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Fire ant killing protozoa found in 120 Texas counties

STEPHENVILLE If imported fire ants dreamed and who knows if they do or don't then a tiny protozoa could be their worst nightmare.

Even better news: Texas A&M University System entomologists have completed a survey that detected the protozoa in fire ant colonies in approximately 120 of the 157 Texas counties where they have been found.

Once a colony is infected, the protozoa debilitates the queen, the workers and even the larvae. The disease shortens their the ants' life spans and raises the mortality of sexual females. The tiny microorganism may not eradicate the fire ants but it has the potential of changing it from a highly aggressive pest into one much less competitive with native species, said Dr. Forrest Mitchell, entomologist with the Texas Agricultural Experiment Station at Stephenville.

Now that the survey is complete, the next step is to grow the protozoa on culture mediums. If culturing is successful, the research might eventually yield a product that would introduce the protozoa into fire ant mounds in the form of a bait. Alternately, infected fire ants might be introduced into areas where the protozoa is not present.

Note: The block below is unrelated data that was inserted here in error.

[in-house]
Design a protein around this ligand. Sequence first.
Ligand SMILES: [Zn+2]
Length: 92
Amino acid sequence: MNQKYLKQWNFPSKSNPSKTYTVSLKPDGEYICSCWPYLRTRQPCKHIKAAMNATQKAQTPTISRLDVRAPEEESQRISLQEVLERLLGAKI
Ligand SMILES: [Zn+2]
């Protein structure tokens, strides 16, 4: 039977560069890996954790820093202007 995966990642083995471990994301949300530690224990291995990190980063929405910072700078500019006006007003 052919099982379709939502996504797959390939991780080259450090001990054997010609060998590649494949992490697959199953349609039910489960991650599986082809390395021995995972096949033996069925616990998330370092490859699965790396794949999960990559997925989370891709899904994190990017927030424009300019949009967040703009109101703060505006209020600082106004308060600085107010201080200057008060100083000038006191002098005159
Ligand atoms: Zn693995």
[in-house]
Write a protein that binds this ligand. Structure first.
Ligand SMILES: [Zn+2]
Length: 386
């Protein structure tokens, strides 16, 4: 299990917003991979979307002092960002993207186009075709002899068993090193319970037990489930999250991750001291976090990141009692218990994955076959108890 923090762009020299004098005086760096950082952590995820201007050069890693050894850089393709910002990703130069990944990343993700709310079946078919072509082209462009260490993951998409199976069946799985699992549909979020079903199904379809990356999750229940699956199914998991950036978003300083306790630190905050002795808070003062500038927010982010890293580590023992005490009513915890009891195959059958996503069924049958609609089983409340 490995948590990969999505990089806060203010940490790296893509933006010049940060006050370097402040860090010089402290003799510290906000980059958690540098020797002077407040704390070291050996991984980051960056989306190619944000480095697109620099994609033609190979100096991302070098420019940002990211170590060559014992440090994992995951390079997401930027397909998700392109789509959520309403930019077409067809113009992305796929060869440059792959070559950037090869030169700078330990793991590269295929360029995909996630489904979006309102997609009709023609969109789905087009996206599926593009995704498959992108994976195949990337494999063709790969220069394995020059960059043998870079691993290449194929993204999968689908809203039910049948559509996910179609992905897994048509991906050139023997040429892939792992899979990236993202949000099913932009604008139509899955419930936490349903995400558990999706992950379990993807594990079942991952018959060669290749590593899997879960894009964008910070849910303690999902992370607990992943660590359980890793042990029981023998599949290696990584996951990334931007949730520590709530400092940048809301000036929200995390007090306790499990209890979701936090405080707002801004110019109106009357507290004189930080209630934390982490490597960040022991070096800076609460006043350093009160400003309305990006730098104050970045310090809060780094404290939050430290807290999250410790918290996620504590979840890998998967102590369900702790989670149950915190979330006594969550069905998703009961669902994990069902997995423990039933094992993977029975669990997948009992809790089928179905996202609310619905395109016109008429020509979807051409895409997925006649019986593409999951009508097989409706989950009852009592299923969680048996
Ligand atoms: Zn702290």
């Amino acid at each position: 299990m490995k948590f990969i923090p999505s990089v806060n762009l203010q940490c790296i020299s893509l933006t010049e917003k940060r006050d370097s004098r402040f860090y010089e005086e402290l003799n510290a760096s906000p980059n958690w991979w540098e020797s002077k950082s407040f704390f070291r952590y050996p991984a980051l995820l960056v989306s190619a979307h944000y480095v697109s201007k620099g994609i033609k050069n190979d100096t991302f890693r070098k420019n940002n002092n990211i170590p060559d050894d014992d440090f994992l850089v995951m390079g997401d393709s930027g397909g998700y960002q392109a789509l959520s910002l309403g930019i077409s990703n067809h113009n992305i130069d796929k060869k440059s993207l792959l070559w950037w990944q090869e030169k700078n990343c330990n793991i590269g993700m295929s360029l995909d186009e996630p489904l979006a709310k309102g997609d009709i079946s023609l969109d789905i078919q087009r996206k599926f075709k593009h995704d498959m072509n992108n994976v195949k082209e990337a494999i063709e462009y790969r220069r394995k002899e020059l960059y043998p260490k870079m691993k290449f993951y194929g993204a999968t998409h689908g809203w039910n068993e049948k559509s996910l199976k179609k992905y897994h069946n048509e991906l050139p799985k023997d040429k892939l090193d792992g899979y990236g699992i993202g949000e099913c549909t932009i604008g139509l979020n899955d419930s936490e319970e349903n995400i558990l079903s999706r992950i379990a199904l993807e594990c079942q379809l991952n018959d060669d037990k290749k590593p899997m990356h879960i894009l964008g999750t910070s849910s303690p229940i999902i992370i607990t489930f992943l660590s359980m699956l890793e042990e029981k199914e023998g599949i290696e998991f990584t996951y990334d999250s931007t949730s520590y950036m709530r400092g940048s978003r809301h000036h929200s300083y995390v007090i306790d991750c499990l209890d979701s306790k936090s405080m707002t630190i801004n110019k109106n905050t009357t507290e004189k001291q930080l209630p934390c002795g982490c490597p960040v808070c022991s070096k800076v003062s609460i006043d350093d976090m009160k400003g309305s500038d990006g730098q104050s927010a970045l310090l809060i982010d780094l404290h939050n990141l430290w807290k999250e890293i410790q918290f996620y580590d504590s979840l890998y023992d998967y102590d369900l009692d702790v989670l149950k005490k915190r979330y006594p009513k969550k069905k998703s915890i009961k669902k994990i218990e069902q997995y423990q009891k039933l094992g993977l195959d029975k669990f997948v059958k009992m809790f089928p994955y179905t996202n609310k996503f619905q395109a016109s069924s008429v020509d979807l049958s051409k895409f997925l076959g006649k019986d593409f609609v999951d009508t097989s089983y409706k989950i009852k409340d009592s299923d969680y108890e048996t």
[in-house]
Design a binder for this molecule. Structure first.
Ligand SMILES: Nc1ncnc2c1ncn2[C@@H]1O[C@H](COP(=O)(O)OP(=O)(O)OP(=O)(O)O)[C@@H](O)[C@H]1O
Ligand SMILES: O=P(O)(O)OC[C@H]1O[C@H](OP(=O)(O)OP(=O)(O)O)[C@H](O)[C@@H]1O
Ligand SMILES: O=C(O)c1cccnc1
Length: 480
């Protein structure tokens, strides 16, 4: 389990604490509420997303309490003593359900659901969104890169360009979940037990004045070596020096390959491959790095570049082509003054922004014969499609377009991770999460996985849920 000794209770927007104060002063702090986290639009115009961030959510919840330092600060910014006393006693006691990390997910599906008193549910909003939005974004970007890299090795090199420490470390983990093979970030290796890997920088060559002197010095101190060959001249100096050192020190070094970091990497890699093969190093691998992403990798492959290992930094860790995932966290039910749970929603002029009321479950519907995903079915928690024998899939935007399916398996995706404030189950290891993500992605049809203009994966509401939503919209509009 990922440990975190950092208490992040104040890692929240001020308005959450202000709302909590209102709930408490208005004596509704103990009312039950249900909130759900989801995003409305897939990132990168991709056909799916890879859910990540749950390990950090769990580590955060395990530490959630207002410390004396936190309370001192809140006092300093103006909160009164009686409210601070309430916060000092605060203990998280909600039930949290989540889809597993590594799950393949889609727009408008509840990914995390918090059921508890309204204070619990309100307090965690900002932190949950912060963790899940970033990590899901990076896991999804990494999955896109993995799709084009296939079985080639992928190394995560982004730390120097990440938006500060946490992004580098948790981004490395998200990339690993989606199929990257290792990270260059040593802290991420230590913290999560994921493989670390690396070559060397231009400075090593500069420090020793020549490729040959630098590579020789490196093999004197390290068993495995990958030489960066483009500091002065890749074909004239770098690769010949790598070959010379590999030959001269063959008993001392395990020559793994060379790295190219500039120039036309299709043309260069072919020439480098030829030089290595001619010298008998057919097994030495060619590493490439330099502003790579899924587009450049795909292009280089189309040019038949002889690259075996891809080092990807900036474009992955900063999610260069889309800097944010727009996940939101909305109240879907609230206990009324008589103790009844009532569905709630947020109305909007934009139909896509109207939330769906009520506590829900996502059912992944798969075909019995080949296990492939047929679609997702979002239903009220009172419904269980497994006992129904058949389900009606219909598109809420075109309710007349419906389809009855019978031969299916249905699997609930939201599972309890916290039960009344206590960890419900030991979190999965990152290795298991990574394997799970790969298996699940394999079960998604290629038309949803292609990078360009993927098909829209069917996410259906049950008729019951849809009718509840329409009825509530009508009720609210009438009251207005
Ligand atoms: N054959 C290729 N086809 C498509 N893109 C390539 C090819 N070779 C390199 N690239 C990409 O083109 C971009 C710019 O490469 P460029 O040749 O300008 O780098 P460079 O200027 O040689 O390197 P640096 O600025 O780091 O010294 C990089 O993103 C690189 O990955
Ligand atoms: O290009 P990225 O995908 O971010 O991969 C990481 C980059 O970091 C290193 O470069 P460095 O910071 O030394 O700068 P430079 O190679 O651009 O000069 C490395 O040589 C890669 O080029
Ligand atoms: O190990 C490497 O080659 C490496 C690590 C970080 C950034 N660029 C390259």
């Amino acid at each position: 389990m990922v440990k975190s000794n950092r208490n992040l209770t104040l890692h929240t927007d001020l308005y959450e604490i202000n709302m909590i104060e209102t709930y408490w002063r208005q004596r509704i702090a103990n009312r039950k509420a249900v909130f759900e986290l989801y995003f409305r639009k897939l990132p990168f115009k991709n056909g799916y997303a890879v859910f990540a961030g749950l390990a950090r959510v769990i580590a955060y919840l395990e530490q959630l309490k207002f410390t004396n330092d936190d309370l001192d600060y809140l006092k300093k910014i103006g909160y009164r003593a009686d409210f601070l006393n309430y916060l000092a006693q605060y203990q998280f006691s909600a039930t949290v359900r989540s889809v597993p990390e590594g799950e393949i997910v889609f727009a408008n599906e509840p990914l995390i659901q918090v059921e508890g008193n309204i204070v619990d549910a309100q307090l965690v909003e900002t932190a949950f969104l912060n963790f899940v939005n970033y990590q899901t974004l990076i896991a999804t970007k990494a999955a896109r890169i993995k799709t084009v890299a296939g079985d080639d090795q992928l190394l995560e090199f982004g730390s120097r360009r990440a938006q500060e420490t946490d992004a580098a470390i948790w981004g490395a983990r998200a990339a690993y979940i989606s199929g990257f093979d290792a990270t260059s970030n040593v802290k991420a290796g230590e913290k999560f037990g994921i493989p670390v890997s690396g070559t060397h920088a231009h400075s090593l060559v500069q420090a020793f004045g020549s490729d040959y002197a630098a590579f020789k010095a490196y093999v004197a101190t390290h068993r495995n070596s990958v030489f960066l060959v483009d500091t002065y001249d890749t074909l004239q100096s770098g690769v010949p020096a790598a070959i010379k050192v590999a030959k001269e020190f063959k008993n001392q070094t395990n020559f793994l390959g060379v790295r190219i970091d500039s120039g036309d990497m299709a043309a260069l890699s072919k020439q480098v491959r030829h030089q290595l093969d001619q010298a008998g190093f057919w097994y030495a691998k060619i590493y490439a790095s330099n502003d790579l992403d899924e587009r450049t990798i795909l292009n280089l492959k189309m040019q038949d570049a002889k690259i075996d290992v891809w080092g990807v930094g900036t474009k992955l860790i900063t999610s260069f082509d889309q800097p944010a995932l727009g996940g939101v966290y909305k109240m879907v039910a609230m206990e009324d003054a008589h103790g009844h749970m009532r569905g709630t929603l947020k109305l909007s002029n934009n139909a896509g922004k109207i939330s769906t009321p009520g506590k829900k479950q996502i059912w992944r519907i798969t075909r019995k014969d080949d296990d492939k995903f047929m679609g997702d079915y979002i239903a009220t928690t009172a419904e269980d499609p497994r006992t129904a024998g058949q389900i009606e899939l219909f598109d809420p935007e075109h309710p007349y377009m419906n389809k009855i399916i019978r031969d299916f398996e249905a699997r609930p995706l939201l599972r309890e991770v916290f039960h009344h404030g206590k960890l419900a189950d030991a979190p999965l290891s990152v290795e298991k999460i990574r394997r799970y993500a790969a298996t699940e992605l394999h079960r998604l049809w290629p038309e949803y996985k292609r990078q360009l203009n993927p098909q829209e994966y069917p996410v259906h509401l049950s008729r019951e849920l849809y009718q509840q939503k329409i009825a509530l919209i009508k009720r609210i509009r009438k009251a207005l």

But there are a lot of questions to be answered and problems to be solved first.

The first question, Mitchell said, is where did the protozoans come from?

Though there are several native species of fire ant, their stings pale compared to their more aggressive cousin, the red imported fire ant, which was accidentally introduced to the United States in the 1930s. Because it lacks natural predators here, the red imported fire ant has spread to all or portions of Florida, Georgia, South Carolina, Tennessee, Alabama, Mississippi, Arkansas, Texas and Oklahoma. The species has become very abundant, displacing many native ant species.

Scientists have long known that one of the pest's natural enemies in South America is Thelohania solenopsae, a microscopic organism related to the amoeba.

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Contact: Robert Burns
rd-burns@tamu.edu
903-834-6191
Texas A&M University - Agricultural Communications
7-May-2004


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